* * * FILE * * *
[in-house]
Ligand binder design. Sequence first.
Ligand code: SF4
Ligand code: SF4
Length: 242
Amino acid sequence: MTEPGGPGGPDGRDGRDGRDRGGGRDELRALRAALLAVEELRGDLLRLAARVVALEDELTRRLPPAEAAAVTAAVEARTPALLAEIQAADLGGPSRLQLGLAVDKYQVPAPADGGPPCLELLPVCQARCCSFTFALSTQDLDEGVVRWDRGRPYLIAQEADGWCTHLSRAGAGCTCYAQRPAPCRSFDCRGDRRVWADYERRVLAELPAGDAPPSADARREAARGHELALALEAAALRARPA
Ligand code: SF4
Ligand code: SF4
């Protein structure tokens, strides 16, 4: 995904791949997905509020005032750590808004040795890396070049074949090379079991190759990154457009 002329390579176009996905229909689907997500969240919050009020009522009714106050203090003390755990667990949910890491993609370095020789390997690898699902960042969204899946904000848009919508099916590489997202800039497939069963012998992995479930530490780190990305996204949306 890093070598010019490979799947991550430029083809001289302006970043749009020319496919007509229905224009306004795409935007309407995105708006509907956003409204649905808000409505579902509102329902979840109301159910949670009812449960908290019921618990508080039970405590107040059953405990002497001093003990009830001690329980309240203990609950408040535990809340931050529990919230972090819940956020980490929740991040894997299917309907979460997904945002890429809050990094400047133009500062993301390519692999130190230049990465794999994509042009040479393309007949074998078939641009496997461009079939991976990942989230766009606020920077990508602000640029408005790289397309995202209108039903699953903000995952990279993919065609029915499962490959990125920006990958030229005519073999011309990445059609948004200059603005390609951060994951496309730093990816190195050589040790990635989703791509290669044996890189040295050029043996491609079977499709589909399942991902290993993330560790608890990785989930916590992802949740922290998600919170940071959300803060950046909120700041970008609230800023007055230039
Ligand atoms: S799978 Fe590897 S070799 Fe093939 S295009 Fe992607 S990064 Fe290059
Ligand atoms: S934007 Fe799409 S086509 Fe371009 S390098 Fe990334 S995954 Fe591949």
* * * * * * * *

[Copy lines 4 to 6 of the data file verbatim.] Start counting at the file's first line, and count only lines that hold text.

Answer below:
Ligand code: SF4
Length: 242
Amino acid sequence: MTEPGGPGGPDGRDGRDGRDRGGGRDELRALRAALLAVEELRGDLLRLAARVVALEDELTRRLPPAEAAAVTAAVEARTPALLAEIQAADLGGPSRLQLGLAVDKYQVPAPADGGPPCLELLPVCQARCCSFTFALSTQDLDEGVVRWDRGRPYLIAQEADGWCTHLSRAGAGCTCYAQRPAPCRSFDCRGDRRVWADYERRVLAELPAGDAPPSADARREAARGHELALALEAAALRARPA